By Melanie Lekocevic
Capital Region Independent Media
EAST DURHAM — Patriotism was on full display this year at the annual Fourth of July parade in East Durham.
Marchers made their way down Route 145, headed for the Michael J. Quill Irish Cultural & Sports Centre, where everyone gathered after the parade for hot dogs, ice cream and activities for the kids.
People lined the parade route, waving flags and cheering for the marchers.
“We are locals and this is a fun parade,” said Heather Kissane, who brought her two young sons. “They love it — it is something they look forward to every year.”
Her sons, Gerard, 8, and Justin, 3, waved red, white and blue toy wind spinners as they awaited the parade’s start.
Round Top resident Cheryl Pushman said she comes to the parade to show her patriotism and have a fun time.
“I want to support the United States,” Pushman said. “It’s a great parade and it’s really a lot of fun and there are a lot of activities and excitement. It’s great for both kids and adults.”
The parade was led by the color guard from the Greene County Sheriff’s Office, with dozens of local organizations, businesses, elected officials and others following them down the parade route.
Greene County Sheriff Peter Kusminsky said Independence Day is an opportunity to celebrate patriotism and the founding of the nation.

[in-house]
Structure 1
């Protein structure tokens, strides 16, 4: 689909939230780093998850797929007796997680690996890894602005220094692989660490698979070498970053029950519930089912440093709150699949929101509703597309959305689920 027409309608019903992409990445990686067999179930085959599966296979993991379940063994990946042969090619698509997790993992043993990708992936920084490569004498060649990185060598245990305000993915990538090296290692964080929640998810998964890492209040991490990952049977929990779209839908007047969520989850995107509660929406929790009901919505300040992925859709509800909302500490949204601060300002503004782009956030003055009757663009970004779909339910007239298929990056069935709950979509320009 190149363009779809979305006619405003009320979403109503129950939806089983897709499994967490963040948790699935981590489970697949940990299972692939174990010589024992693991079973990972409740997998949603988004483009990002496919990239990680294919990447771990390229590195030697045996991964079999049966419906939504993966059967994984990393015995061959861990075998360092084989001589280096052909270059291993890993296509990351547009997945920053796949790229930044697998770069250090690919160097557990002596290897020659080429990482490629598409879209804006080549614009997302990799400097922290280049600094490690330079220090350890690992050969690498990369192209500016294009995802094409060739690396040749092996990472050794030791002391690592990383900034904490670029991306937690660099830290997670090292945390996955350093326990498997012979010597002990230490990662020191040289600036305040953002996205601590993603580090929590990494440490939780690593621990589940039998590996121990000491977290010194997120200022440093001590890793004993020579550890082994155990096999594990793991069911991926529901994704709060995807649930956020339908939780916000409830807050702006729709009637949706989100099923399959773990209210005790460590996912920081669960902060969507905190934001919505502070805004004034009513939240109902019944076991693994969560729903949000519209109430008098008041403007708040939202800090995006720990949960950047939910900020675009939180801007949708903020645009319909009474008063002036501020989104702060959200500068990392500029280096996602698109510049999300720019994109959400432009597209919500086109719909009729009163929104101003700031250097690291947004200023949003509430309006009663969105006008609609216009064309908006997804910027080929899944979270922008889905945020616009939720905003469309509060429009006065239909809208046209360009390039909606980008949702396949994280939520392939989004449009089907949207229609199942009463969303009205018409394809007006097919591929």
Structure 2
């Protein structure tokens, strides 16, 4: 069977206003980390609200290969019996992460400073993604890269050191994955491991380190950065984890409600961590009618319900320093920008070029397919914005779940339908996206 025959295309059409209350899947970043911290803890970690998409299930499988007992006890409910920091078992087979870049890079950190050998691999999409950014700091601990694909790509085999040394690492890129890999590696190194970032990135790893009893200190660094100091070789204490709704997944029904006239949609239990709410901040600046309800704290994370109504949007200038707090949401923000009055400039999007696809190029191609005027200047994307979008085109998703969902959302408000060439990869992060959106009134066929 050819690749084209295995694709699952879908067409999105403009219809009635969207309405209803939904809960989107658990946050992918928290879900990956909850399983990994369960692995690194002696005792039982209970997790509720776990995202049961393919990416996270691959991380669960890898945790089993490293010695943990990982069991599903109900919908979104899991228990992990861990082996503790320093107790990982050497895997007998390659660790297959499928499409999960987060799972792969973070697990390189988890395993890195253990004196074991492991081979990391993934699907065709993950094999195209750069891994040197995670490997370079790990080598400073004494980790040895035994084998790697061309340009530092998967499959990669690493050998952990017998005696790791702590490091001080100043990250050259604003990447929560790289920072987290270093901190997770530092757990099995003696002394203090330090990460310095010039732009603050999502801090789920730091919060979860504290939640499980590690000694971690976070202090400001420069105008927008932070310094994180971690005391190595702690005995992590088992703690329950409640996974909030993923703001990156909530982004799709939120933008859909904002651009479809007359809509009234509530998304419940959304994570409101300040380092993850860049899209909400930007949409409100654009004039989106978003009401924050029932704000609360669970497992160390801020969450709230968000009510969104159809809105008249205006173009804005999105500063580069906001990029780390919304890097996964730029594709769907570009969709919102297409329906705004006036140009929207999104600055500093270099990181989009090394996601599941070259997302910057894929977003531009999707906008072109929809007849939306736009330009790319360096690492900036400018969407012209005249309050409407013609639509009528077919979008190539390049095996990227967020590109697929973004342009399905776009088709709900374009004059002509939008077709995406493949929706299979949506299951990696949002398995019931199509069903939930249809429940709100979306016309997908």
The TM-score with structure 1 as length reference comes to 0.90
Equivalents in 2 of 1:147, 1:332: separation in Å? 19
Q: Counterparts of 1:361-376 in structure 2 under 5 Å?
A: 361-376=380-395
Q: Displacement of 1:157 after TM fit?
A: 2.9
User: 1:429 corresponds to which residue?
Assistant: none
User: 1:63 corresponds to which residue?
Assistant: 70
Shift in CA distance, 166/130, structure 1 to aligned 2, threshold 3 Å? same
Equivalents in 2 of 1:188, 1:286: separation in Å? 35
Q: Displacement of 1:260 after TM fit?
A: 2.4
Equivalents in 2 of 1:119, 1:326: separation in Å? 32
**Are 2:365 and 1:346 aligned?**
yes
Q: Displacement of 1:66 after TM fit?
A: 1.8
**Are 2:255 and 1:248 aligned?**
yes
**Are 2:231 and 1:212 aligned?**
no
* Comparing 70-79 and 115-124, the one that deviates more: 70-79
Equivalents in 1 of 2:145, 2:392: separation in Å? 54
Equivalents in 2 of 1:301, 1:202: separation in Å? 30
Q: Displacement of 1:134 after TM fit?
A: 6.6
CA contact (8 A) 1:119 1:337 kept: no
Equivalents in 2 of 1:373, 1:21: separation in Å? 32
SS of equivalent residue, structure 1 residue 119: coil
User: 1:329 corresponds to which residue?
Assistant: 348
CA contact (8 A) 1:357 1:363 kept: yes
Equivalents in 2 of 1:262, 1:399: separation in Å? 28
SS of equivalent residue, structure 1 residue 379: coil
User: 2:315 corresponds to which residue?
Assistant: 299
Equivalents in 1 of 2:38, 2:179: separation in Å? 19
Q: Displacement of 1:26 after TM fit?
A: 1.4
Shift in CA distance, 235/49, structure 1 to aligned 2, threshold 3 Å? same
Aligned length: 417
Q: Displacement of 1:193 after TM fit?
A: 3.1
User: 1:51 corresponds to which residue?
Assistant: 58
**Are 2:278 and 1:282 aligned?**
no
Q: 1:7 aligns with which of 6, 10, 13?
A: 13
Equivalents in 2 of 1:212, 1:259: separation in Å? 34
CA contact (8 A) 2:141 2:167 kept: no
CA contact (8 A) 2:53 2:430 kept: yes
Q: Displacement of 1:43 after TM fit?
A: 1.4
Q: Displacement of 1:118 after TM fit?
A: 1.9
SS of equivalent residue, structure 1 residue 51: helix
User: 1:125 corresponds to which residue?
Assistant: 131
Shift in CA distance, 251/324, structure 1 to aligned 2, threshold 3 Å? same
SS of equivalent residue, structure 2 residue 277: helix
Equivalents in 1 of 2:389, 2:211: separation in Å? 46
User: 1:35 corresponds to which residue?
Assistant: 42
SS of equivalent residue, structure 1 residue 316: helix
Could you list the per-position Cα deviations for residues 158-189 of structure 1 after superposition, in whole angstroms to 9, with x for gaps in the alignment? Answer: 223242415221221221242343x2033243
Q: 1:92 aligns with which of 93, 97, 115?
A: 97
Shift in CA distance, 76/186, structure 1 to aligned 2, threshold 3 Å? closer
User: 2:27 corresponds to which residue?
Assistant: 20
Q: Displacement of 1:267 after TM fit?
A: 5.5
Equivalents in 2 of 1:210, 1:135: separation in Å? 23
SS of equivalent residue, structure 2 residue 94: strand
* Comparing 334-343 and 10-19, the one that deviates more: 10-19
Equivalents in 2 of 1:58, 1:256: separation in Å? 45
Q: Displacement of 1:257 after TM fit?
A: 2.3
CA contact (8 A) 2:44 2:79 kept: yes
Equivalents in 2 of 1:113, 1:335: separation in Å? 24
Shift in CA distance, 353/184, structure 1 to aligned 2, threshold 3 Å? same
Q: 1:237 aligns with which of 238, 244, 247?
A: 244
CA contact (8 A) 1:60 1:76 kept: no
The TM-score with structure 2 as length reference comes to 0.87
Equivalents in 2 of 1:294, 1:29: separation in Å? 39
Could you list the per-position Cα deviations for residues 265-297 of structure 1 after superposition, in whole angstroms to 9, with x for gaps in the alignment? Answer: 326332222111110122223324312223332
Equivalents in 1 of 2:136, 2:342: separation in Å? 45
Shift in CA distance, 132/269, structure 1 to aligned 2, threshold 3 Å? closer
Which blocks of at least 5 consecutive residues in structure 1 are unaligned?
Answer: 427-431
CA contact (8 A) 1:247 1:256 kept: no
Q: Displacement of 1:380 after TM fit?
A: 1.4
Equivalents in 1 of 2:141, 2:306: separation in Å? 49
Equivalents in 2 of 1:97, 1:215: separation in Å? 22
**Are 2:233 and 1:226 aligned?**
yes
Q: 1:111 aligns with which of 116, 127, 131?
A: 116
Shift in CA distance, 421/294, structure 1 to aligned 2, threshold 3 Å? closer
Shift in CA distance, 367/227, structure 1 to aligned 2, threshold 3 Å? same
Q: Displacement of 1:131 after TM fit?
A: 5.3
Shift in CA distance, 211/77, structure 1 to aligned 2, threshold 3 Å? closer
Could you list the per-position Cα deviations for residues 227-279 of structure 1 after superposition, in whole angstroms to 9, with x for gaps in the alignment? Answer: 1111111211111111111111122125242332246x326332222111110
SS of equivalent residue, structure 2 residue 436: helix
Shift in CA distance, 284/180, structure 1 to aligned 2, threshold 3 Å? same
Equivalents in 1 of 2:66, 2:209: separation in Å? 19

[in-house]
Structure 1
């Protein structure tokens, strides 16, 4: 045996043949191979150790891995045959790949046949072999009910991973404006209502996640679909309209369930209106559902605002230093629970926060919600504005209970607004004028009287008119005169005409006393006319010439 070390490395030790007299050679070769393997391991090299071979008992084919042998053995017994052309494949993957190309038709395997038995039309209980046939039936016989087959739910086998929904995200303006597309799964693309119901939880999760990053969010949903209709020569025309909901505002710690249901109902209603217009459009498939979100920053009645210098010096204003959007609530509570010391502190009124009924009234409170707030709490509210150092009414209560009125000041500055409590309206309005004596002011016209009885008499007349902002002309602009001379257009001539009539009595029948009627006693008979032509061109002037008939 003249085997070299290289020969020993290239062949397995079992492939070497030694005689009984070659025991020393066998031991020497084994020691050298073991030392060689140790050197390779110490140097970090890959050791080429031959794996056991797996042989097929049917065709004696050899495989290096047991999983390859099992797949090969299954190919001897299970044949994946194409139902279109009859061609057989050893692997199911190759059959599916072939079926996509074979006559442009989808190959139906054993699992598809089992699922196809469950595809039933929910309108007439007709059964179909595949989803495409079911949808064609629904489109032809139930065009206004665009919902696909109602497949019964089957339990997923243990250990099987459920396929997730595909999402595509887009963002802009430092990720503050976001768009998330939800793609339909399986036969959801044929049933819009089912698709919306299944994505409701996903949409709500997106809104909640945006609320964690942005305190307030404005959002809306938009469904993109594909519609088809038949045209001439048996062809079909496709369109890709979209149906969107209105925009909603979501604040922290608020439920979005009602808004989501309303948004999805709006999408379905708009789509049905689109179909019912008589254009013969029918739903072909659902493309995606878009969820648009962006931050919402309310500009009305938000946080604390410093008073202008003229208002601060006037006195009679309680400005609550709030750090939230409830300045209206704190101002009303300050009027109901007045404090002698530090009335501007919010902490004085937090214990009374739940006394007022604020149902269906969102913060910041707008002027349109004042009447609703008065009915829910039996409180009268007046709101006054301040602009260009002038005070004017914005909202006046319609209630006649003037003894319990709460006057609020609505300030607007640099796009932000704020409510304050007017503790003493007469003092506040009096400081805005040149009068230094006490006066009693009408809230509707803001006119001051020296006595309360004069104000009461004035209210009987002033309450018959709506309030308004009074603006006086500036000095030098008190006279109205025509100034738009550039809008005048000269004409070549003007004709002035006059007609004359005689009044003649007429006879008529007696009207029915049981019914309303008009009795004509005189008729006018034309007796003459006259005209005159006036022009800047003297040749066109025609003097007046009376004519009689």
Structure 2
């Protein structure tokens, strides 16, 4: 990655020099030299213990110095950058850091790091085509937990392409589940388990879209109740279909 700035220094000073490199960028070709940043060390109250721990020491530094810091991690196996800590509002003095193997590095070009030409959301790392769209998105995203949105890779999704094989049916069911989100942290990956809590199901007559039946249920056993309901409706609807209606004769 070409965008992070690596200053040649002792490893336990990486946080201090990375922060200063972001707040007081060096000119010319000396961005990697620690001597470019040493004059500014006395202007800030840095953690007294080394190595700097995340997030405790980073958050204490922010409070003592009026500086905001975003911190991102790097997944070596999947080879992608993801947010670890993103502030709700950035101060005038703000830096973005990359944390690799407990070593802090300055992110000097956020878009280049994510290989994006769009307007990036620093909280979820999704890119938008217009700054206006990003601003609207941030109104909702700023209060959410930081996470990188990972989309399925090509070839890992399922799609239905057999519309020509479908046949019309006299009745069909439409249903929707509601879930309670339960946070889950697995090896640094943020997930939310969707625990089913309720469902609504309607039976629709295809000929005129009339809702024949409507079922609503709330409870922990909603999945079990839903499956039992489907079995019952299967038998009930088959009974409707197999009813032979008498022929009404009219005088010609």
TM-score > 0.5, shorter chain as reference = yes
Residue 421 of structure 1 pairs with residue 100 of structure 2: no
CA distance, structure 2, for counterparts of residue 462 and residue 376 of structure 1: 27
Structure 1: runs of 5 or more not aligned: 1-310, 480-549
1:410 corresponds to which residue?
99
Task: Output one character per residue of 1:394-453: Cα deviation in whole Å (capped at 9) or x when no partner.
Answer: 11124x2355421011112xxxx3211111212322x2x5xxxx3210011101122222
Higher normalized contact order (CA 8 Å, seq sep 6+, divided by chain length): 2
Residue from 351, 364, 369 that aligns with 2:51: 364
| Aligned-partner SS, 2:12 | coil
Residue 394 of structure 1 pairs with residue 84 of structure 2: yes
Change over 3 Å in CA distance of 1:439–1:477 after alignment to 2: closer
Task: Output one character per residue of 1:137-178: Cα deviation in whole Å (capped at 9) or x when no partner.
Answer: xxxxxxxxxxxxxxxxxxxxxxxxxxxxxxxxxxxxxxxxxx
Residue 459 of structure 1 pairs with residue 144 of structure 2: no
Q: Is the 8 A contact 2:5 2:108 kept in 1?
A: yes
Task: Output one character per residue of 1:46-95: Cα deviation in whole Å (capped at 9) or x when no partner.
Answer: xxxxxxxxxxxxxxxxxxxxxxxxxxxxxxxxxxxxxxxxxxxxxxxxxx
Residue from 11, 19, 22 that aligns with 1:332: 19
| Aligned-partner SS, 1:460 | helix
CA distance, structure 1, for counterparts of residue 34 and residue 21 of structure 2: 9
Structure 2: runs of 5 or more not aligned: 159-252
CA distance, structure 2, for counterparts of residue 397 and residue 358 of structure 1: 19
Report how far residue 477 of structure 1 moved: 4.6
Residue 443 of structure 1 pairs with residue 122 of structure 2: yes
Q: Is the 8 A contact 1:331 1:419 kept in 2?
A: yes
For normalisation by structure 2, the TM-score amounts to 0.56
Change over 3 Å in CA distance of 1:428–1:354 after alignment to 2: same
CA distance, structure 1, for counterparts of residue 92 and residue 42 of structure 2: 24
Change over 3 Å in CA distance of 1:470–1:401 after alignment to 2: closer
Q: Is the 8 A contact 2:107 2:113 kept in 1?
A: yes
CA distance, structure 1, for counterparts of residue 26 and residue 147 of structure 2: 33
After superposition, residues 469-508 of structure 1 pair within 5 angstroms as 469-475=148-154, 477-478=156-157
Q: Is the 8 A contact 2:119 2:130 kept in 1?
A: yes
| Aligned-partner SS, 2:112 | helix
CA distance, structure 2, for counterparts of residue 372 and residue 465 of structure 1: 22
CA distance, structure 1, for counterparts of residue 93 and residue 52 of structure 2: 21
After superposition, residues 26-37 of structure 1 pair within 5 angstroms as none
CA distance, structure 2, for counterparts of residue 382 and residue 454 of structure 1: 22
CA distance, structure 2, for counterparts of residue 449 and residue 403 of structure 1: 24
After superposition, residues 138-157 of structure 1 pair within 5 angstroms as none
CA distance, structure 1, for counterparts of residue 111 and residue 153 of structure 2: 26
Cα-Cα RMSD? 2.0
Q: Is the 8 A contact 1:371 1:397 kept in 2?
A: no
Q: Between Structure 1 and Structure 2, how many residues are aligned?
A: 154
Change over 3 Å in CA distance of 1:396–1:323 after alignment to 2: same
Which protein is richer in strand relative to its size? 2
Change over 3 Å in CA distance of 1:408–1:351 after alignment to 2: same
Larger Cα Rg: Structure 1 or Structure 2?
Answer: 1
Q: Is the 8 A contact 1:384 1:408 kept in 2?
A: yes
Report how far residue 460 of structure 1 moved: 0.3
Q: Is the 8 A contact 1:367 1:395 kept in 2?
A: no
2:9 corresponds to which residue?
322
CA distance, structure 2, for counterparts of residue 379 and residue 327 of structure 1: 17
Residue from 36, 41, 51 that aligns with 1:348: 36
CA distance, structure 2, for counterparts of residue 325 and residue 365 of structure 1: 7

“Today is extremely important to recognize the foundation of this country and what it was meant to be,” Kusminsky said. “Patriotism can’t be forgotten. It’s an awesome day and we should celebrate it all weekend long.”
Oliver Fallon, with the Knights of Columbus, said he participates in the parade every year, marching with the K of C.
“We want to let people know we are here and to increase our visibility,” Fallon said. “The Fourth of July parade shows the spirit of the American flag and honors the country.”
The annual parade is an opportunity for local residents of all political backgrounds to celebrate together as a community, Greene County Legislator Patty Handel, R-Durham, said.
“This brings the community together,” Handel said. “We are a very small community and there are not a lot of times we can all come together, no matter what your political affiliation is, no matter what your beliefs are. Coming together as a community is always very important. You get to see people you haven’t seen all winter long and celebrate together. I think it’s awesome that people come out to support the entire town and each other.”
For Cairo Town Councilman Tim Powers, celebrations like Durham’s Fourth of July parade are an opportunity to return a sense of loyalty and dedication to country.
“We need to restore patriotism to our communities and it starts at the town level,” Powers said. “It really does.”
Here are more photos from the parade: